Thursday, September 29, 2011

I Still Wince

I still wince.

Every single time.

Not for fingersticks, but for the infusion sets and CGM sensors.  It's like a reflex.  I can't help it.  It's like a preemptive wince.  Like if I just go ahead and wince, then it won't hurt.

Sometimes it hurts.  Especially that big effing harpoon of a CGM needle.  And sometimes, it doesn't hurt.

But the potential for it to hurt is there every time.  Last night, I stood there.  Quick-set in the Quick-Serter, locked and loaded, pressed against my side.  I put my finger on the grey buttons that will send that needle into my skin.  My stomach tightens.  I take a deep breath.

I tell myself, "It's ok, this is not going to hurt."

My fingers sit on the buttons, hesitant, not wanting to push them.  One more deep breath, and I force my fingers to squeeze.  The needle shoots in.

And this time, it doesn't hurt.  My breath releases, and I pull the needle out, prime that cannula, and go back to my life.

I have had Type 1 Diabetes for 18 years.  I have been using an insulin pump for 14 years, and my CGM for almost a year.

"Aren't you used to this?" you may be thinking.

Yes, yes I am.  Set and CGM changes are part of my routine.  As routine as these needles are, that doesn't mean it's easy to stab myself every few days.  The potential for pain is always there.  Sometimes, when you hit just the right spot, it hurts so much the tears and stream of profanity start immediately.  The needle is ripped out and thrown on the ground, and I cry and put pressure on the insertion site, because there's a good chance it's a gusher.

Thankfully, this doesn't happen very often, but it's hell when it does.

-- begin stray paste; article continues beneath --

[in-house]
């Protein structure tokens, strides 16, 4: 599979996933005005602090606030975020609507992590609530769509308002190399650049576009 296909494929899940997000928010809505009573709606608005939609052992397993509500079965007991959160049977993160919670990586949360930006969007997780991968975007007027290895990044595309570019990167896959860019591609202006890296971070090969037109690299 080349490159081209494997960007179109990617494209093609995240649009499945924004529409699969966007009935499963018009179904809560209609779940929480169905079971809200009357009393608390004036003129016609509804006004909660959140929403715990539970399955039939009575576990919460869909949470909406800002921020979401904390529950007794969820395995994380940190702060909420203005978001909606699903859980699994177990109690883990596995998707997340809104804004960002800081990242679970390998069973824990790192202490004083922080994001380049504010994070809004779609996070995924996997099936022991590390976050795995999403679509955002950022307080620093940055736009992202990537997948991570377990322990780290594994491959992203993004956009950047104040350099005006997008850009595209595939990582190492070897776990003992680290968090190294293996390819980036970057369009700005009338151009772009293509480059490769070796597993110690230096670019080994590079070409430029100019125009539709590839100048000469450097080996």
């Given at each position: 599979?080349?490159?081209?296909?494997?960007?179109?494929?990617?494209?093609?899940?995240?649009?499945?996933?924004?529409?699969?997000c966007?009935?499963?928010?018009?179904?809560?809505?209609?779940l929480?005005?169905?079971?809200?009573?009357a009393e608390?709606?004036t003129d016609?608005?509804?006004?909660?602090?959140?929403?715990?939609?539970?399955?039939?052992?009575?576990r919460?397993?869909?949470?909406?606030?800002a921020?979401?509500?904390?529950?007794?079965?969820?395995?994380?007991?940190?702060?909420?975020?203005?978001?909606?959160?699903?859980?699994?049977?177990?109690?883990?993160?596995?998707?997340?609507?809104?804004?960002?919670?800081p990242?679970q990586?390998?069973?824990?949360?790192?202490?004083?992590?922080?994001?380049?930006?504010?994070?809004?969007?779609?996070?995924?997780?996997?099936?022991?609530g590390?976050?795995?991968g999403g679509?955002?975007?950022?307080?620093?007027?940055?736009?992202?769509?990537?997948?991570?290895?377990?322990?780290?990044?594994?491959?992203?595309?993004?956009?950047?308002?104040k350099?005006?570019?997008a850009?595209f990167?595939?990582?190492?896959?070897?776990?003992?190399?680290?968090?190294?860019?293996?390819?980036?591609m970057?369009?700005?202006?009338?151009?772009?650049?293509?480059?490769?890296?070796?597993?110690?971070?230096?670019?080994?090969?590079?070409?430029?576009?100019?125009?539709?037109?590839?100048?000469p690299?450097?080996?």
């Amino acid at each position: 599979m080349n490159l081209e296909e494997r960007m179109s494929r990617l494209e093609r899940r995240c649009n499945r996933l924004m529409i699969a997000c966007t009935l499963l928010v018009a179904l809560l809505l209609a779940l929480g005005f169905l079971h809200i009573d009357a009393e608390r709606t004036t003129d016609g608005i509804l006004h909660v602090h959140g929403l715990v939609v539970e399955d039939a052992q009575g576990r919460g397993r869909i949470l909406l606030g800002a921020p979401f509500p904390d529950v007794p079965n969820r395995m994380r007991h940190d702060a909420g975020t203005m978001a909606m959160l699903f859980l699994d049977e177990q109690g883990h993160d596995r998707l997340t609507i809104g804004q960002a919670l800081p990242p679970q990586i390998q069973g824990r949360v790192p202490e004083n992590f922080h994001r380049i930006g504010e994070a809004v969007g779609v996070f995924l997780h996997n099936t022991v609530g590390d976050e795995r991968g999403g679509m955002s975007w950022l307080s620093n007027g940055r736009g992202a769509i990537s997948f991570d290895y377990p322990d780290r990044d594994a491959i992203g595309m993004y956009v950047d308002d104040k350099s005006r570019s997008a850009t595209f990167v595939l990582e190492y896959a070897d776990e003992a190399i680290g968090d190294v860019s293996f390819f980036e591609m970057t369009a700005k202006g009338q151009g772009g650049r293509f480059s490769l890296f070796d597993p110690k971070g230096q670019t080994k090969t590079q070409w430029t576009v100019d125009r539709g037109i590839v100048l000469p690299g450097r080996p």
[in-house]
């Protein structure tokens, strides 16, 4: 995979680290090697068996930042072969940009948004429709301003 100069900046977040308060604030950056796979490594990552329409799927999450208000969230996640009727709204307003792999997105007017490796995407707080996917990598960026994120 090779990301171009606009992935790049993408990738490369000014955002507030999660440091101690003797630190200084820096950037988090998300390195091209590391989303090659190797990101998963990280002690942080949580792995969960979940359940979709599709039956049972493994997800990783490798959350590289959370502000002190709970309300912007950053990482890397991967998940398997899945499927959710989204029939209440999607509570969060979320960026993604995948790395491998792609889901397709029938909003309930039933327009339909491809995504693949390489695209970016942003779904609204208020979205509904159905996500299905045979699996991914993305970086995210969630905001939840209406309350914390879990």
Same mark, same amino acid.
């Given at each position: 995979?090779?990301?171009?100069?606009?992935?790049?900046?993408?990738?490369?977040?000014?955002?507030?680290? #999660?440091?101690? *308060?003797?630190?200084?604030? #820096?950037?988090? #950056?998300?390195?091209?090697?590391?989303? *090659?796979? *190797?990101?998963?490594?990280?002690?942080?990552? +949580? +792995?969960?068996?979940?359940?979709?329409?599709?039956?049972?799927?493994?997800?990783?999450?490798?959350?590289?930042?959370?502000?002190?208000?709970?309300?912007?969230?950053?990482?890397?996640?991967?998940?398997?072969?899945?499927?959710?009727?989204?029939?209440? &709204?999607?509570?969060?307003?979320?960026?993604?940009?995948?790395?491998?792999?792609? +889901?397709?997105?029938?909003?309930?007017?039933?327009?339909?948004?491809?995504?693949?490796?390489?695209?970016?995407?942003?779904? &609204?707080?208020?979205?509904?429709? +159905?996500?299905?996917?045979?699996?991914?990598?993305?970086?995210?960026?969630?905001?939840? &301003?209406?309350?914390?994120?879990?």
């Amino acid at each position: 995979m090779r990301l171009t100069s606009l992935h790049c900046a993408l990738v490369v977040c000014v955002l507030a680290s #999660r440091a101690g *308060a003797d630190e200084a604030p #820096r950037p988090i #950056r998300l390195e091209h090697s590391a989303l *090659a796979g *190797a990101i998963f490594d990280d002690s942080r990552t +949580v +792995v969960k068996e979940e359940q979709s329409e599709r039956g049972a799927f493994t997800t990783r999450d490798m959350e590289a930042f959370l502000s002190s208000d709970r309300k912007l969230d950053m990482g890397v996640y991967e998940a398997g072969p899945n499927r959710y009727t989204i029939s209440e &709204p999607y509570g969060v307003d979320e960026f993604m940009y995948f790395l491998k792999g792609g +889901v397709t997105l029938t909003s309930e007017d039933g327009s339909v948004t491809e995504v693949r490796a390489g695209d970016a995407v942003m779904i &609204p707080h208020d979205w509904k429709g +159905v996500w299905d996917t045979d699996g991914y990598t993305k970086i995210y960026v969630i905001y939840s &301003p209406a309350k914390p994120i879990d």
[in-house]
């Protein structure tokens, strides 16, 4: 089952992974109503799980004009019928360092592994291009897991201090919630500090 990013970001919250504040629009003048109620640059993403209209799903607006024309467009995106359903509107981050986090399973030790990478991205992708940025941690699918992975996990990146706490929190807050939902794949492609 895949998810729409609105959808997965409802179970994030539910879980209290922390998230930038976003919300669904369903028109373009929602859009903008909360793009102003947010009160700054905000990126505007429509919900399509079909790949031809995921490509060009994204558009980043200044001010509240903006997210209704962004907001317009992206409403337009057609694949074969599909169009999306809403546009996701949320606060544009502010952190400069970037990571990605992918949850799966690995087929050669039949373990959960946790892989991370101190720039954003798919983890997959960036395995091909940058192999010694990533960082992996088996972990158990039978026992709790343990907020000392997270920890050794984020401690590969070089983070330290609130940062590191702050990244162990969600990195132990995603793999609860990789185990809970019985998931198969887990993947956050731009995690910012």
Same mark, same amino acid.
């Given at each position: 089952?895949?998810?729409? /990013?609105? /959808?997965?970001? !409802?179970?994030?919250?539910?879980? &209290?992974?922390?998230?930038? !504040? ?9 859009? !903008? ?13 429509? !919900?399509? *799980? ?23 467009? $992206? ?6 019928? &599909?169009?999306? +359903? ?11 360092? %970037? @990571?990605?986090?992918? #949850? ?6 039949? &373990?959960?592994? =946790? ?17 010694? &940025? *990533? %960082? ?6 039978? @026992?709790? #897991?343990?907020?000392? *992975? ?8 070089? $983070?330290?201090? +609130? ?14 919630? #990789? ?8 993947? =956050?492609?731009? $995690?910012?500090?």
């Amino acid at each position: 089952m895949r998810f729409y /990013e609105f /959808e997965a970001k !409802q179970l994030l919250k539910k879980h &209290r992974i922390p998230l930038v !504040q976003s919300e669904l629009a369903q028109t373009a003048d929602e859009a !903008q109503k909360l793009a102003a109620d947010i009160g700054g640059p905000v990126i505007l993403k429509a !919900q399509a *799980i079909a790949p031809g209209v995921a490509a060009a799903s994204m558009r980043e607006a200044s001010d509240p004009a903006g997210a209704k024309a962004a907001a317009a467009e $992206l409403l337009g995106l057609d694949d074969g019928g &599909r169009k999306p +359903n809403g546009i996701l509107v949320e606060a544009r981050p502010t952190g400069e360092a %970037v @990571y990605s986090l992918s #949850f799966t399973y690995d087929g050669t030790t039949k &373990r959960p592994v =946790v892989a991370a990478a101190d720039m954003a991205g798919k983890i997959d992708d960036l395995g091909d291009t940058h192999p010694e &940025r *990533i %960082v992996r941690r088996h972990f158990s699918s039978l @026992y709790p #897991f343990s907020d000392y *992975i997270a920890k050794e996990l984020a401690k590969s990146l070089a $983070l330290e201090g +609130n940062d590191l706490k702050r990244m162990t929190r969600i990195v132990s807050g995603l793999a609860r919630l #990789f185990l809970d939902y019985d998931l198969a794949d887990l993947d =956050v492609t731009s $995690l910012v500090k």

And so I still wince, every single time.


  1. I always take a big breath, too, and turn off my brain for a second.

    I wonder if diabetic motorcycle gangsters take shots of whiskey before they change their infusion sets?

  2. Every single time here, too, Jess. Although, I do a manual insertion with the angle-silouettes so there really isn't a clicking... but I do insert slowly and hold my breath and wait for the pain of tapping a muscle or vein. This whole anticipation/suspense, along with the obvious real estate hassles, was a huge part of me needing a mental break from pumping and taking the breaks for a while. Helped get my mind back from the emotional drainage of site insertion... Anyhow, thanks for the post!

  3. I remember saying "ow" before each fingerprick the first weeks after diagnosis (I was nine). Being prepared somehow seemed to help.
    And (after one year of pumping) I'm still hesitating and taking a deep breath before shooting the set.

  4. I'm a weenie - it takes me a second or two to trigger a fingerstick. But the reason is identical - usually it's painless, but sometimes it hurts like a mother.

  5. Oh man! When I used the Quick-serter I held my breath every time. That "shunk" sound is so scary!

    I am not sure if I hold my breath and wince with the infusion sets, but I know I do it before I insert a sensor.

  6. 22 years w/Diabetes..and I still hate needles!

    I manually put in my infusion set...but you wouldn't believe how S-L-O-W I do it.

    And my cgm sensor...most times I physically sweat! I turn on a tv show I like to try to distract myself. I tell myself I have to put it in by the next commercial.

    Most times it doesn't hurt (depending on where I'm putting the needle in)...but it's those awful, cursing, crying, gushing ones that always stand out in my mind!

    I tell myself, you'll be so happy you have your sensor in and you won't have to do this for a few days.

    Deep breathes, deep breathes!

  7. I'm the same way. Especially now with CGM sensors (Dexcom or Minimed - they hurt just the same to me). I don't think that's something we'll ever get over to be honest.
    If someone is watching me, I suck it up and just go through it fast so they don't have to see me be afraid of it, but if I'm alone, it can take a good 5-10 minutes to change out a sensor.

  8. I don't hold my breath so much as scrunch my face and countdown. And then countdown again. Someday are easy. Somedays are hard. I don't think anyone is ever used to being a pin cushion. I'm just glad that the needles have gotten a little shorter and sharper since I was younger.